The City of Joseph
June 1984

“The City of Joseph,” Ensign, June 1984, 7

The City of Joseph

What is this soft array of leaves and light

But morning? The sky opens with the wind

That caps the upper branches like spume,

Whiteness over them sweeping mist that rises

From meadows. And now what is the array of light

As one looks down upon the city’s scape

Of buildings? The places where Joseph came

To find his Zion are in the spell of prophecy,

The sound of vision, and moments of his certainty.

One could believe that trees and buildings might be

Alike if through half-closed eyes the gathering

Of overcast and light might yield green and ochre

Steadily as earth’s visions appear around them

And surely as the events of time that brought

The few together in a home to harvest

Centuries of tendency. What tendencies hover

In a prophecy or dream? The path in a glade

May be the boulevard, and a holy place

May be the place of sacrament, where visions

Come and elide distinctions that diminish

The prospect of meaning. The holy place may be

A room, a shelter of trees, a lake where white

Flickers through a scape of gray and green,

As if moraine where suddenly the crest of land

Keeps the air calm or fleeting.

Canyons open, glistening

Red and green, cliffs and mesas in

a curve away,

The distant mists of glory azure-lidded

And hidden in the vision of an ancient city,

Zarahemla, where towers held the words

That Nephi rendered on India gold. O city,

Your subtle glades of light, your boulevards

Open outward always as if to receive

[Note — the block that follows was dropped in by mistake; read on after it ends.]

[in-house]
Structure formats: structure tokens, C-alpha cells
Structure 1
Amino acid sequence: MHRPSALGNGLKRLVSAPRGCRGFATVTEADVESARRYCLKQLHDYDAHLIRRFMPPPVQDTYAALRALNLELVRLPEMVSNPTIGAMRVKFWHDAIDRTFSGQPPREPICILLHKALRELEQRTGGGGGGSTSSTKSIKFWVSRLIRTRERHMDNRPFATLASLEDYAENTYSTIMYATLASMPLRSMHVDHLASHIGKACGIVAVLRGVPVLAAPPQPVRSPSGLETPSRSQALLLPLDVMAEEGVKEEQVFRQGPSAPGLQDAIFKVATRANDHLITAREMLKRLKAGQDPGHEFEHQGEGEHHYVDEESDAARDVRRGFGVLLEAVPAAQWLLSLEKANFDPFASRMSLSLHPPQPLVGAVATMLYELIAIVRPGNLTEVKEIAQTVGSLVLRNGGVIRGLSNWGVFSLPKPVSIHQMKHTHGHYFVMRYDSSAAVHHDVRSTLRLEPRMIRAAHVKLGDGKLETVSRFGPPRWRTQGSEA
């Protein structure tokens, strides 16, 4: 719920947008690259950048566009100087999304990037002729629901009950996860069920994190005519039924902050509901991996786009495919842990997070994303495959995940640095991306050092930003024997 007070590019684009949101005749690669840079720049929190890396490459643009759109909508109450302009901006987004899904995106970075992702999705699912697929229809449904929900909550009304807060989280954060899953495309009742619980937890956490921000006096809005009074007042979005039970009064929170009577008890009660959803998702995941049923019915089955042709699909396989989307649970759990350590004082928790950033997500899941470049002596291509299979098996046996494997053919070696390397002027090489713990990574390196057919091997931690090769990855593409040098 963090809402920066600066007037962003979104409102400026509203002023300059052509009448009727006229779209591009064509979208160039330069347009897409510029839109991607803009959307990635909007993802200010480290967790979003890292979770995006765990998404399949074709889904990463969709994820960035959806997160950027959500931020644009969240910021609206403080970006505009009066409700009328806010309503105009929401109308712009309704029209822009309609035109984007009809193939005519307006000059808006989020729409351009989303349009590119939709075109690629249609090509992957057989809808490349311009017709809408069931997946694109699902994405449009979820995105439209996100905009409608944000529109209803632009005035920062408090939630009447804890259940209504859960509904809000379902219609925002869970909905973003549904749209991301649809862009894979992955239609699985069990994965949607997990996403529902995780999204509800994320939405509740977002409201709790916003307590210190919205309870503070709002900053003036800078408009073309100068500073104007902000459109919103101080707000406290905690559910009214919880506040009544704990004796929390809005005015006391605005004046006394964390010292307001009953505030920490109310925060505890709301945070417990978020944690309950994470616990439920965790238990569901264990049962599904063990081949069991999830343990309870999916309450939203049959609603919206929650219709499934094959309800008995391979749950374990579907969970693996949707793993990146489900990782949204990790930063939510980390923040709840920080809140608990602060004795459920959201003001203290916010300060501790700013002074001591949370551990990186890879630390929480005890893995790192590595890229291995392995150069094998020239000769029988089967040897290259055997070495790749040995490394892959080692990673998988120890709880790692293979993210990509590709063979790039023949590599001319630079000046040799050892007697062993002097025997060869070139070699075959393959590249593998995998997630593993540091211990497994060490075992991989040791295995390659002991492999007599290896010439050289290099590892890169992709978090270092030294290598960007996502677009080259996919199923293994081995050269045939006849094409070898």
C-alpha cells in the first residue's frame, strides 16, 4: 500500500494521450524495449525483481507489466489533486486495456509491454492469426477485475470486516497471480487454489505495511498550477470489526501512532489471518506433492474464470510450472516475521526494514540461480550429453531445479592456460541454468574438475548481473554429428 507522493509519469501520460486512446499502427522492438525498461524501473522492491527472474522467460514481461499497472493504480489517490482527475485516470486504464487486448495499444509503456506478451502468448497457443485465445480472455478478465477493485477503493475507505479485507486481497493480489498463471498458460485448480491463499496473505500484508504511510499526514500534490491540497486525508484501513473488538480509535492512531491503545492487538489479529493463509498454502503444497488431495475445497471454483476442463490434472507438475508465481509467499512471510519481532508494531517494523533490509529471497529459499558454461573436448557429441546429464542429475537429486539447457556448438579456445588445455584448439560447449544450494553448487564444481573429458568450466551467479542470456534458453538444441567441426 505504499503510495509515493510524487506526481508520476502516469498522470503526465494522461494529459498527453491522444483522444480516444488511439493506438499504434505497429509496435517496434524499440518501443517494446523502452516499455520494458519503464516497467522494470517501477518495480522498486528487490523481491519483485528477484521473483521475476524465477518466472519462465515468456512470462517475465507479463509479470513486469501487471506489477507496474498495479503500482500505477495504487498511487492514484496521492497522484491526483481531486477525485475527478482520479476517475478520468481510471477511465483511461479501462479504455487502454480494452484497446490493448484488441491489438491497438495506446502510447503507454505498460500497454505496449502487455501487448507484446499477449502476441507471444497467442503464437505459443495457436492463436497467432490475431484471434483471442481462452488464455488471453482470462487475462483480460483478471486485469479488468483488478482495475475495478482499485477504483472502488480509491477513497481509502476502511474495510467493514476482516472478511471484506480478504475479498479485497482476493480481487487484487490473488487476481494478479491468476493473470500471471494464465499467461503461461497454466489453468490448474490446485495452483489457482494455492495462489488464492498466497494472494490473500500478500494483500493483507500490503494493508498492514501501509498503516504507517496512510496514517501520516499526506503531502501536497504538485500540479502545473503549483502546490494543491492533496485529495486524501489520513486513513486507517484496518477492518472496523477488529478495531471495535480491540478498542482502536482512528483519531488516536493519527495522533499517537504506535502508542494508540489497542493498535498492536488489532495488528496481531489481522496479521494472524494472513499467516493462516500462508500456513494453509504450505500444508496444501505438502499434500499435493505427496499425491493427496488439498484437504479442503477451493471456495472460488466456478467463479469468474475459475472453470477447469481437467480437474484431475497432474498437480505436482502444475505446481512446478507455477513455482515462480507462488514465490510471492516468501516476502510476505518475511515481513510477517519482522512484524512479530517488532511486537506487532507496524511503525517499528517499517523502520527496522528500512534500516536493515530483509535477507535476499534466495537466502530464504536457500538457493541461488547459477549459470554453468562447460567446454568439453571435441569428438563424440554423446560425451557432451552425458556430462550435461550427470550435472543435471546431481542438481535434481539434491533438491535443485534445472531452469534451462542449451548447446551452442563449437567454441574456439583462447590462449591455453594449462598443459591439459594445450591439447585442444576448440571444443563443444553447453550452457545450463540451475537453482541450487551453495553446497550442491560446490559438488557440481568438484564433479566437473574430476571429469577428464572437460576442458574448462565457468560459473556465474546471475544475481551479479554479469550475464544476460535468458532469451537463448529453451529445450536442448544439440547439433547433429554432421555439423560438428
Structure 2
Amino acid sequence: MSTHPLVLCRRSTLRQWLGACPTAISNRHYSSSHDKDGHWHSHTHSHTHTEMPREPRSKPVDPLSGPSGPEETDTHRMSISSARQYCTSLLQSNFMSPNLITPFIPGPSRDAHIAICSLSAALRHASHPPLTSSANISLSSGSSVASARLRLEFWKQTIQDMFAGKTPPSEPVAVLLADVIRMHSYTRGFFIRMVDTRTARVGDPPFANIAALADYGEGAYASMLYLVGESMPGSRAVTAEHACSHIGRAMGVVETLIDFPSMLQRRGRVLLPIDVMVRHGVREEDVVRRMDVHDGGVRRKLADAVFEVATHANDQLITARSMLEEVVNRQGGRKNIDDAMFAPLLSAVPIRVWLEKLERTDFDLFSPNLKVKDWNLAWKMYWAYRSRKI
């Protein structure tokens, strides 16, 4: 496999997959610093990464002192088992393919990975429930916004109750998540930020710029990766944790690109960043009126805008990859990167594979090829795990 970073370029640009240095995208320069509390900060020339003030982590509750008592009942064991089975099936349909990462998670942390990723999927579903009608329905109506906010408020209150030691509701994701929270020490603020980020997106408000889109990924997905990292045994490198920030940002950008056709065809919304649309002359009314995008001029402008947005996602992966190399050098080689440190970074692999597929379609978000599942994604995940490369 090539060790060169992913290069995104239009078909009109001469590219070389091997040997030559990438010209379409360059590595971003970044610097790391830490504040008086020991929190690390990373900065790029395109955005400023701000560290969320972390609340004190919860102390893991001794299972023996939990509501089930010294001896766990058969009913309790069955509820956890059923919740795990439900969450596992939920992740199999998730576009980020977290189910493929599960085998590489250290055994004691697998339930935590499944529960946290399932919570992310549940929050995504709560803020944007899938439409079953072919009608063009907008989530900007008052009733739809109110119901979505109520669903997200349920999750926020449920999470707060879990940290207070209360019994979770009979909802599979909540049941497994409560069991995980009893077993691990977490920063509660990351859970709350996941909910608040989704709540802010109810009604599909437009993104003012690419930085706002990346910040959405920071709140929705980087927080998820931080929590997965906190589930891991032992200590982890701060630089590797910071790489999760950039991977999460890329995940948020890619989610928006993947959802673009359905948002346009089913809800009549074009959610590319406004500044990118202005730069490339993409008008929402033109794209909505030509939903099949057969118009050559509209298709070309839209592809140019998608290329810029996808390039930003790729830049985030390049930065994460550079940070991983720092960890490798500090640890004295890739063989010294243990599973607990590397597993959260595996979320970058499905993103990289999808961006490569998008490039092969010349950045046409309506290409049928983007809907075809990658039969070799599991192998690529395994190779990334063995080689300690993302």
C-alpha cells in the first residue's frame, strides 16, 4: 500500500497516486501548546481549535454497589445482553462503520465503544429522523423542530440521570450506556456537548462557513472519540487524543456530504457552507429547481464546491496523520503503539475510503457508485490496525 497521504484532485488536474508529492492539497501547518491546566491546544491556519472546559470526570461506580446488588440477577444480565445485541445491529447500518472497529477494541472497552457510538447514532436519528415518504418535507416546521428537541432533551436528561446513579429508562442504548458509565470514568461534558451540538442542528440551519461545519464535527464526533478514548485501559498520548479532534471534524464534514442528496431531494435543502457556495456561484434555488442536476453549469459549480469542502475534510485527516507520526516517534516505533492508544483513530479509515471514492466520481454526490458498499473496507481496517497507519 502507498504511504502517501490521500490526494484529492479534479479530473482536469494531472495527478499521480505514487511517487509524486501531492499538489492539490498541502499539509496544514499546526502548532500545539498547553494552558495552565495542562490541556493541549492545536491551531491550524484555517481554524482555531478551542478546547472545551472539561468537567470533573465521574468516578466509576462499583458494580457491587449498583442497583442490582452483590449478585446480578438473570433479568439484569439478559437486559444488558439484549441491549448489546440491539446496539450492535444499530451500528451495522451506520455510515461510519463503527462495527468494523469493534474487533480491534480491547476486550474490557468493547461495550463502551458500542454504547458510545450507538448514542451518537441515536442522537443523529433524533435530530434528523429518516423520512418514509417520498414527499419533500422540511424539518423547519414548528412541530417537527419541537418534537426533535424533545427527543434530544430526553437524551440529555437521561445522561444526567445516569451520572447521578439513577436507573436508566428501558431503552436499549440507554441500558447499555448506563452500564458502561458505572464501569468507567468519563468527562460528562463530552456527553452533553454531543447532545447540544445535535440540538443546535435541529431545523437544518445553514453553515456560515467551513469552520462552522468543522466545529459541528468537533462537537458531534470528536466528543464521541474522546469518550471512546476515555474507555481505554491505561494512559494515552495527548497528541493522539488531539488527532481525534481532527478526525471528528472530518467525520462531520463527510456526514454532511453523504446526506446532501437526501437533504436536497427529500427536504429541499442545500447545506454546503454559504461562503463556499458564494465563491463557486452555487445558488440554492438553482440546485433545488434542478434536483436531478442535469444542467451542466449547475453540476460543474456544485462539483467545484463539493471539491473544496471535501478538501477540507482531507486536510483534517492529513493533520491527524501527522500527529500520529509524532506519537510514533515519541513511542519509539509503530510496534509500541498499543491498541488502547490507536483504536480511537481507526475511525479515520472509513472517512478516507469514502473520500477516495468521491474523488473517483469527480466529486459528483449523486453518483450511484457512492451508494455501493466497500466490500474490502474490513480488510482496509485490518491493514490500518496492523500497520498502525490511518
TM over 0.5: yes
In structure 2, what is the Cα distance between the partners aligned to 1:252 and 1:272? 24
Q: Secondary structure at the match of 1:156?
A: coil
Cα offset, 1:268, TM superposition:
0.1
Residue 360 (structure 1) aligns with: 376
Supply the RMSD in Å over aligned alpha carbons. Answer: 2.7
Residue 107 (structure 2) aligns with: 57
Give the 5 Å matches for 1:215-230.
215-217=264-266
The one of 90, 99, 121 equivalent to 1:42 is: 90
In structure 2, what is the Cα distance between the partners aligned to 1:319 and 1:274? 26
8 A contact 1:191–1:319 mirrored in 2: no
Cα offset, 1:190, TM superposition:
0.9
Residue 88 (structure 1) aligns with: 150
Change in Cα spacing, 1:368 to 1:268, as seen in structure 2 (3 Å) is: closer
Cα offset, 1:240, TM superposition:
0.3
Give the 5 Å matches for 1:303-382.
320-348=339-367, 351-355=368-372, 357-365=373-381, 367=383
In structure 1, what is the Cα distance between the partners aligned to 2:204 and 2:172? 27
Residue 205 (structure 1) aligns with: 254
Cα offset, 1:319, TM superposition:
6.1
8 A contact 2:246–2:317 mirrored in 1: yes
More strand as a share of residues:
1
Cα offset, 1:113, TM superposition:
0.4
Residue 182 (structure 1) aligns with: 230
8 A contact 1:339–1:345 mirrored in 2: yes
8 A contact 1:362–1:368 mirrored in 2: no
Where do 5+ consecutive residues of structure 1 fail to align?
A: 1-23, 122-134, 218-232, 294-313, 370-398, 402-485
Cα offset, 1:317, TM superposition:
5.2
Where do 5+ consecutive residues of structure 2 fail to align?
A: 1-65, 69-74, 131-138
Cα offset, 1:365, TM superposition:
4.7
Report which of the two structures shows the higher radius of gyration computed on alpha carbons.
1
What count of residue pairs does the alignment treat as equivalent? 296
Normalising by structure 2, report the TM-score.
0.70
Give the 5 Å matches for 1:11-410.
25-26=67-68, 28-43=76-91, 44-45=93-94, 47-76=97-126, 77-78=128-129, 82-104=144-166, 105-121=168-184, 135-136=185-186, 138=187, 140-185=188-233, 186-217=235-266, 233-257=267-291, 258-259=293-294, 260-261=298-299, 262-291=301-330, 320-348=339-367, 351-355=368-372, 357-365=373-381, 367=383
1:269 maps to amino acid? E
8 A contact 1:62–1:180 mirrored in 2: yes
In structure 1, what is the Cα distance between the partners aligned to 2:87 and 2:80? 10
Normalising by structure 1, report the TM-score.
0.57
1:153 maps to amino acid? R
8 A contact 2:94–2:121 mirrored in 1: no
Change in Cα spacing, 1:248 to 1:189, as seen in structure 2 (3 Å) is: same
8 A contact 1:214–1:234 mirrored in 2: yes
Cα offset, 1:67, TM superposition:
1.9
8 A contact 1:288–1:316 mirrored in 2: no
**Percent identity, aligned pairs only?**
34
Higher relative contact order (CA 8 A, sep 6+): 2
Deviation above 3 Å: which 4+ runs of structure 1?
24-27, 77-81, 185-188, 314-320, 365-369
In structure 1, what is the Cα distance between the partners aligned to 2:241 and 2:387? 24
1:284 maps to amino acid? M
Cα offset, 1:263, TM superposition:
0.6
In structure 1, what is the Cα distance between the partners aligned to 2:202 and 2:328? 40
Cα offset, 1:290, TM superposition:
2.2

The steady radiance of sun and sunburst,

Of Arcturus or Orion, Sun, and Aldebaran

Shimmering like leaves. I saw, not long ago,

A little girl close the door of her home in Nauvoo

And go to flowers she had planted by a spring.

The yellow and auburn of her dress, the white knots

In her braided hair, her eyes that kept their blue,

Despite the array they saw, seemed kept in light

In the afternoon. Her mother quietly followed her

To the fence and stood there watching: “Margaret,

You must leave them now. Put those in your hands

Aside and come with me.” “Where, Mother?”

She asked, slowly turning. “We must leave

This home and find our way across the prairie

West.” “Just across the river?” “Westward

Still, to a place called Laramie, and farther on,

Beyond the rising slope, to peaks and canyons

I have never seen.” “Why?” she asked as soon

As she could lay her flowers beside the ones

That remained near the fence. “Because we believe.”

“Mother, why do we believe as we do?” “Joseph

Came and talked to us about a harvesting.”

“But Joseph is gone.” “We believe as he believed.

Come. We must leave Nauvoo, and home, and find

Our way to Laramie.” Later, on the prairie,

The girl and her mother walked together, the wagon

Ahead jostling through grass. Beyond, shadows

Of clouds spilled over a butte, and the red

Of its stone seemed leaden in hollow distances.

“Why do we believe as we do?” The girl dangled

A doll by the arm as she walked, believing

The prophecy of the city west in the mountains,

If not Zarahemla, Deseret, in the span

Of landfall east of the Sierra Nevada range

And the lake nearer still. I have heard

The whisper of the wagon wheels in the canyons,

The prophecy of wind over prairies, the cry

Of hosanna in the gray cirques of vision:

Home, the city is home, the slope of loam

And moraine against the cliffs, the twinkling

Of towns as the evening comes to Zion.

Time elides antiquity and the nearby years.

Margaret came with her doll in her arms,

Believing, and her great, great grandchildren

Gather their children around to tell how she

Came to the valley, stood on a hill to the east,

And cried her devotion.

Lettering by James Fedor